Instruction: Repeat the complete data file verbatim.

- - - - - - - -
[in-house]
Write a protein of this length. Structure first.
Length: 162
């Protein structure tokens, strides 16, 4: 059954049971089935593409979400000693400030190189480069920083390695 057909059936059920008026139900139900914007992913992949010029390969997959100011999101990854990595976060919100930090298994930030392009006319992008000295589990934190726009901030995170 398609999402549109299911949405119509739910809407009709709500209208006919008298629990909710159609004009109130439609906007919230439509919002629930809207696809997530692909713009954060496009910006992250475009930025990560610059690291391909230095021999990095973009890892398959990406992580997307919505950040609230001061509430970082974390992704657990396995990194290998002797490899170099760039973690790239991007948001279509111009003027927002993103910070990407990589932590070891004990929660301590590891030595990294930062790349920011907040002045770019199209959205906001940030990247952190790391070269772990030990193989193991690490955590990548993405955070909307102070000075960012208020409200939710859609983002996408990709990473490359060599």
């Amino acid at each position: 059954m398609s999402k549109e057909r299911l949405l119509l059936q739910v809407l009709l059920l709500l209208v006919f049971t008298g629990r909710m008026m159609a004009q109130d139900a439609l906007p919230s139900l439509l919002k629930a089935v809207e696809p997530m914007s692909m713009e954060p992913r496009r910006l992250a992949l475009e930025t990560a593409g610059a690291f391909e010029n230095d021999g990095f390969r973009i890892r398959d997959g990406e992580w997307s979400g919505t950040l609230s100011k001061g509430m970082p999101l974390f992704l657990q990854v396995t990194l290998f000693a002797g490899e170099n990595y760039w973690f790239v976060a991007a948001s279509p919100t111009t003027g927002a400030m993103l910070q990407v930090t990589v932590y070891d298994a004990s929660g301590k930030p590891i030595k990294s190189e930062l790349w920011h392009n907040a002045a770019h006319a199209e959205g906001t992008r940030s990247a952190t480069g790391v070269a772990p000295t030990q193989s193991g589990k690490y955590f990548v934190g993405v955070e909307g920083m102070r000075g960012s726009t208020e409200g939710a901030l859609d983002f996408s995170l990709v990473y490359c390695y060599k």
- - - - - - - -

[in-house]
Write a protein of this length. Structure first.
Length: 162
């Protein structure tokens, strides 16, 4: 059954049971089935593409979400000693400030190189480069920083390695 057909059936059920008026139900139900914007992913992949010029390969997959100011999101990854990595976060919100930090298994930030392009006319992008000295589990934190726009901030995170 398609999402549109299911949405119509739910809407009709709500209208006919008298629990909710159609004009109130439609906007919230439509919002629930809207696809997530692909713009954060496009910006992250475009930025990560610059690291391909230095021999990095973009890892398959990406992580997307919505950040609230001061509430970082974390992704657990396995990194290998002797490899170099760039973690790239991007948001279509111009003027927002993103910070990407990589932590070891004990929660301590590891030595990294930062790349920011907040002045770019199209959205906001940030990247952190790391070269772990030990193989193991690490955590990548993405955070909307102070000075960012208020409200939710859609983002996408990709990473490359060599």
């Amino acid at each position: 059954m398609s999402k549109e057909r299911l949405l119509l059936q739910v809407l009709l059920l709500l209208v006919f049971t008298g629990r909710m008026m159609a004009q109130d139900a439609l906007p919230s139900l439509l919002k629930a089935v809207e696809p997530m914007s692909m713009e954060p992913r496009r910006l992250a992949l475009e930025t990560a593409g610059a690291f391909e010029n230095d021999g990095f390969r973009i890892r398959d997959g990406e992580w997307s979400g919505t950040l609230s100011k001061g509430m970082p999101l974390f992704l657990q990854v396995t990194l290998f000693a002797g490899e170099n990595y760039w973690f790239v976060a991007a948001s279509p919100t111009t003027g927002a400030m993103l910070q990407v930090t990589v932590y070891d298994a004990s929660g301590k930030p590891i030595k990294s190189e930062l790349w920011h392009n907040a002045a770019h006319a199209e959205g906001t992008r940030s990247a952190t480069g790391v070269a772990p000295t030990q193989s193991g589990k690490y955590f990548v934190g993405v955070e909307g920083m102070r000075g960012s726009t208020e409200g939710a901030l859609d983002f996408s995170l990709v990473y490359c390695y060599k």